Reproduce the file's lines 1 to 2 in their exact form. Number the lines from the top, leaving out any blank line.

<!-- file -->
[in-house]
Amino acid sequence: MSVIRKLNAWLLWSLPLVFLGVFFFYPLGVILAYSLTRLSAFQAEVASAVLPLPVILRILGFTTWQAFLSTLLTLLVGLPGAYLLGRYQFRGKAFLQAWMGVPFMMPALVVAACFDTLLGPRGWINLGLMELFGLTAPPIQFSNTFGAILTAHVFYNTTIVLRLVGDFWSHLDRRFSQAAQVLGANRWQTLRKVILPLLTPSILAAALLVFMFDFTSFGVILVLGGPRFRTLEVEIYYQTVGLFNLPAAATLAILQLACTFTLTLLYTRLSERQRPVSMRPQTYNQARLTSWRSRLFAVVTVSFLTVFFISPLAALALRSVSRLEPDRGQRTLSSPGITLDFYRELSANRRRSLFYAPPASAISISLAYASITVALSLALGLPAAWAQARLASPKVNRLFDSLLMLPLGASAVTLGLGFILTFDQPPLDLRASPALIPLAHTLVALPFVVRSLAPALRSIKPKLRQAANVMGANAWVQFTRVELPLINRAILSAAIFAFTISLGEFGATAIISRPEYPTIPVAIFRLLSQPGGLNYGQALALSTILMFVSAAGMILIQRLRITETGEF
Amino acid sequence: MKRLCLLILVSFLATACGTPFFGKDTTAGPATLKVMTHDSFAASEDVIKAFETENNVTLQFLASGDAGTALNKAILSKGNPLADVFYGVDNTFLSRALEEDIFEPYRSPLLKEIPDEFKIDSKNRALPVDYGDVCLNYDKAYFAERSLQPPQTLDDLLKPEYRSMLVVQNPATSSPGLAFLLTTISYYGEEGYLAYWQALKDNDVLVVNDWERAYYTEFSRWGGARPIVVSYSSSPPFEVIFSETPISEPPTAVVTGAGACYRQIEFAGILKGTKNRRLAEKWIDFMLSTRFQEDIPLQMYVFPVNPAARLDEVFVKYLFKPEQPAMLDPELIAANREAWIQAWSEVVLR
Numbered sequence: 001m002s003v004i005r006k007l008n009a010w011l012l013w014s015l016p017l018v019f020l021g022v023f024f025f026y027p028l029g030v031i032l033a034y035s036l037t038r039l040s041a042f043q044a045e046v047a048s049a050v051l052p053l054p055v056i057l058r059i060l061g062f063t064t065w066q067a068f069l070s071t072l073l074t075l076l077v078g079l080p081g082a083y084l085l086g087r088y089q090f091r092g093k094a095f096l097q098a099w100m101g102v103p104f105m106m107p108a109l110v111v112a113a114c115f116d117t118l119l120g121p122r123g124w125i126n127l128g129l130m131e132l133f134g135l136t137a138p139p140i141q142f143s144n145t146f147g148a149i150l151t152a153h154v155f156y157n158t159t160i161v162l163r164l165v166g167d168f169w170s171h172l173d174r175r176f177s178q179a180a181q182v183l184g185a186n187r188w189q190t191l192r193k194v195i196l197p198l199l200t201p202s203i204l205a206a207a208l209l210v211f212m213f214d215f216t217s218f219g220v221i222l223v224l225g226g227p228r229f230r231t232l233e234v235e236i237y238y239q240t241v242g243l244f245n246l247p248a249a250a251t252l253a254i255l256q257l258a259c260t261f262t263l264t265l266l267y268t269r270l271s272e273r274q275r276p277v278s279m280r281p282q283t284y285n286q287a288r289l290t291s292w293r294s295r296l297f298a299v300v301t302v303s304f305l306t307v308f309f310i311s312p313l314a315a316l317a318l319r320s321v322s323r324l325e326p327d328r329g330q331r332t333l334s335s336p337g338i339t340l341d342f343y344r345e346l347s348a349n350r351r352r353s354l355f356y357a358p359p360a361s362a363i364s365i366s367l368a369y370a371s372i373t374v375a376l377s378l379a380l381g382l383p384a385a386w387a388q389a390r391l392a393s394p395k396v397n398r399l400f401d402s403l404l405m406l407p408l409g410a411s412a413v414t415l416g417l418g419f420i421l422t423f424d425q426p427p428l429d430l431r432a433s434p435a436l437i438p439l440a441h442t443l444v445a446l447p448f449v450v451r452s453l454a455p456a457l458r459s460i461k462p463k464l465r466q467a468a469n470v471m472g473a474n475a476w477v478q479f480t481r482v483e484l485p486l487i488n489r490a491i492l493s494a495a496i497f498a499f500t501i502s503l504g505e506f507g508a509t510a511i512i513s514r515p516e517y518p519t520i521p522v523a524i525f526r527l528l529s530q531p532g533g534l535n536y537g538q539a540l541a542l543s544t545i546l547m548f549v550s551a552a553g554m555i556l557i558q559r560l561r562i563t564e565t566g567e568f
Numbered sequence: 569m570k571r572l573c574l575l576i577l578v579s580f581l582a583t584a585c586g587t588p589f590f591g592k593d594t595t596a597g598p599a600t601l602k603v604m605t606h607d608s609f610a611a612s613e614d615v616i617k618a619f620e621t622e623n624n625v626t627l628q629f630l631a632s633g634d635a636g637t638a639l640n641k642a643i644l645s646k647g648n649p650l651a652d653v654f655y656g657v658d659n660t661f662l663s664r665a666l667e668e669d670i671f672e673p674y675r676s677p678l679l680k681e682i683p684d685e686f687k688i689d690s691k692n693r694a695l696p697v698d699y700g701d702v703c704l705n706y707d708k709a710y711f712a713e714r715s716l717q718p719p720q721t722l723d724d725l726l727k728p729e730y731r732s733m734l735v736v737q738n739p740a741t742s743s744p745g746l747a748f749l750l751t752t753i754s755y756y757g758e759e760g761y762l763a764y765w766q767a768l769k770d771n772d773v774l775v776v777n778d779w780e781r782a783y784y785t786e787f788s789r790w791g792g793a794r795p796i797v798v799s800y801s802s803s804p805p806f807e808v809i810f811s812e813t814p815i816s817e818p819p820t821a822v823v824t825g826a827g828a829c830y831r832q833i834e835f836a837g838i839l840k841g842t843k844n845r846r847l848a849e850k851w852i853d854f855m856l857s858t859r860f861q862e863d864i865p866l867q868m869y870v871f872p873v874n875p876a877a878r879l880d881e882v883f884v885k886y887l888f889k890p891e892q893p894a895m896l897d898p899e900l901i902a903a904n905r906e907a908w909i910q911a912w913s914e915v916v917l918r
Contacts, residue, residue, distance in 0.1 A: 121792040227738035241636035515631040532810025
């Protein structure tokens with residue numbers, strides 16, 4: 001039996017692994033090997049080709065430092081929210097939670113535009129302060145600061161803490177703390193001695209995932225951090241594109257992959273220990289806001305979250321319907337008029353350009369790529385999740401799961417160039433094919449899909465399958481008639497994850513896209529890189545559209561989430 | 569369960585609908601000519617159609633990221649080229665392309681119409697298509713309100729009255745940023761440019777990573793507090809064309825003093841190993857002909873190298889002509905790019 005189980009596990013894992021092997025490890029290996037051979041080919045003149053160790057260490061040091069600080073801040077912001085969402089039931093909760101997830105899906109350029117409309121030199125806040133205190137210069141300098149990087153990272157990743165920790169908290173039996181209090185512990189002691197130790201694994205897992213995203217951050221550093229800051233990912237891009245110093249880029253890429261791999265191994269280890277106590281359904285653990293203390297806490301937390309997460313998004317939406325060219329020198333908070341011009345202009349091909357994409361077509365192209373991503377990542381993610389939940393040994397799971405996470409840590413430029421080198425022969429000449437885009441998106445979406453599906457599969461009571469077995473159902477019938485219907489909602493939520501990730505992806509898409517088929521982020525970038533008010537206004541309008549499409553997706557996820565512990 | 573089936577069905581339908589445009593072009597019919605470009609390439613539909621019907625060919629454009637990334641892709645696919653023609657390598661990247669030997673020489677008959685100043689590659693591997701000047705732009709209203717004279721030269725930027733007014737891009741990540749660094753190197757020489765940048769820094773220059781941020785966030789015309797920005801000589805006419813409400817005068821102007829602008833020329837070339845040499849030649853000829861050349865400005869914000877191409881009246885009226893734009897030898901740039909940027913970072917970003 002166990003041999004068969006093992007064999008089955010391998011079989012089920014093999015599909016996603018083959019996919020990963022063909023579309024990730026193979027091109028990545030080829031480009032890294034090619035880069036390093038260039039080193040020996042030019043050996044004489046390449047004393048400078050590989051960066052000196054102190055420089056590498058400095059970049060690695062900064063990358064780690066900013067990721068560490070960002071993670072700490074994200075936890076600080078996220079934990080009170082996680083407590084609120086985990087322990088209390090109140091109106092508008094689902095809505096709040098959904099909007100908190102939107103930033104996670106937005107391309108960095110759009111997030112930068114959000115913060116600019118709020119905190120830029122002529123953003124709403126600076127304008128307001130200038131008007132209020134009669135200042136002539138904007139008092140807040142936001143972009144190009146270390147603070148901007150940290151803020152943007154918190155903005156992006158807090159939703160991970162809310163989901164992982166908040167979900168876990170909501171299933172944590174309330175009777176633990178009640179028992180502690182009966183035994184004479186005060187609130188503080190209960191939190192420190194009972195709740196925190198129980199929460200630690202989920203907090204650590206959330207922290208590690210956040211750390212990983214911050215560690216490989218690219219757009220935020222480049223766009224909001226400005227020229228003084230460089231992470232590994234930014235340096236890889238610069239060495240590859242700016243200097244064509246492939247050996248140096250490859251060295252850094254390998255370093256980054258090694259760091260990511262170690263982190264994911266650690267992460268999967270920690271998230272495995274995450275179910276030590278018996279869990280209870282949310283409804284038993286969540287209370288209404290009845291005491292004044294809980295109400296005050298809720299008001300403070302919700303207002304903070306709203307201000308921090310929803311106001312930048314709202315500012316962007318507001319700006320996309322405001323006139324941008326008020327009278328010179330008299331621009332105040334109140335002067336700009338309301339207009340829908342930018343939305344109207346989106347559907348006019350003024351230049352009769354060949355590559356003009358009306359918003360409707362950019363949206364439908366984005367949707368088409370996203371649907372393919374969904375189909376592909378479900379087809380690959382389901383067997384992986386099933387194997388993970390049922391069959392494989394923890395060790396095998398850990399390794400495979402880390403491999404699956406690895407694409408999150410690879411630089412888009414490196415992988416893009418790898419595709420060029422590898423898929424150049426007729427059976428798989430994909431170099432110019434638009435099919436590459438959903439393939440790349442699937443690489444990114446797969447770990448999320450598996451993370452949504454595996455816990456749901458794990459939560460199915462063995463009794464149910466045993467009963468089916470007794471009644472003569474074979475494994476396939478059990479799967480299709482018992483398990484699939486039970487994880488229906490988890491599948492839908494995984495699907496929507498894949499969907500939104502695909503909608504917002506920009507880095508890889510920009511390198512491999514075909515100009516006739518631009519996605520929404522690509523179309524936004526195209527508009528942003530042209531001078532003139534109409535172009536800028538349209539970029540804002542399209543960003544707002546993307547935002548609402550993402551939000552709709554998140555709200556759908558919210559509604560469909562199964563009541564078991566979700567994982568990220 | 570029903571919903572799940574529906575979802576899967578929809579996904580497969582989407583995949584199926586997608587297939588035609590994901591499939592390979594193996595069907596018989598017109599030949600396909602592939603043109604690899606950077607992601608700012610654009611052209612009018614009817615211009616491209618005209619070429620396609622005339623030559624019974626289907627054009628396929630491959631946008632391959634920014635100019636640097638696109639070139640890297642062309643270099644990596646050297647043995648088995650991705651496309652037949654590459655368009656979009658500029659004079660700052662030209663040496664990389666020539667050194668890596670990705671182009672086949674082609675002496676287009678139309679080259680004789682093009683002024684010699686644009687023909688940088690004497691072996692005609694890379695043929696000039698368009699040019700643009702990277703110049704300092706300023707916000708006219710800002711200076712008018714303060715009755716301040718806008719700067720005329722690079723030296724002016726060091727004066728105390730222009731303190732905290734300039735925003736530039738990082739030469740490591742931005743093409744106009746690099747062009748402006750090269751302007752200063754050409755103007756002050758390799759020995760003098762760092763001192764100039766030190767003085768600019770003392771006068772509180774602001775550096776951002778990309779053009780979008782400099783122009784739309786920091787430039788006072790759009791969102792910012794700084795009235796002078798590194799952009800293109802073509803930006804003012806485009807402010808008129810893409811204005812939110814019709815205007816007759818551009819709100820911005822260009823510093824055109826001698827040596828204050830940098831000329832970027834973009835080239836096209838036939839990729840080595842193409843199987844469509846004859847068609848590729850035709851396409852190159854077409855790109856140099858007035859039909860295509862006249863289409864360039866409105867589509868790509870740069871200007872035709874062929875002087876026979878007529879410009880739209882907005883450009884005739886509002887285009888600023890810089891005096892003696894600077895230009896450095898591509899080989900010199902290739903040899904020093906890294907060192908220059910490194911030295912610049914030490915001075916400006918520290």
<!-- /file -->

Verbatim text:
[in-house]
Amino acid sequence: MSVIRKLNAWLLWSLPLVFLGVFFFYPLGVILAYSLTRLSAFQAEVASAVLPLPVILRILGFTTWQAFLSTLLTLLVGLPGAYLLGRYQFRGKAFLQAWMGVPFMMPALVVAACFDTLLGPRGWINLGLMELFGLTAPPIQFSNTFGAILTAHVFYNTTIVLRLVGDFWSHLDRRFSQAAQVLGANRWQTLRKVILPLLTPSILAAALLVFMFDFTSFGVILVLGGPRFRTLEVEIYYQTVGLFNLPAAATLAILQLACTFTLTLLYTRLSERQRPVSMRPQTYNQARLTSWRSRLFAVVTVSFLTVFFISPLAALALRSVSRLEPDRGQRTLSSPGITLDFYRELSANRRRSLFYAPPASAISISLAYASITVALSLALGLPAAWAQARLASPKVNRLFDSLLMLPLGASAVTLGLGFILTFDQPPLDLRASPALIPLAHTLVALPFVVRSLAPALRSIKPKLRQAANVMGANAWVQFTRVELPLINRAILSAAIFAFTISLGEFGATAIISRPEYPTIPVAIFRLLSQPGGLNYGQALALSTILMFVSAAGMILIQRLRITETGEF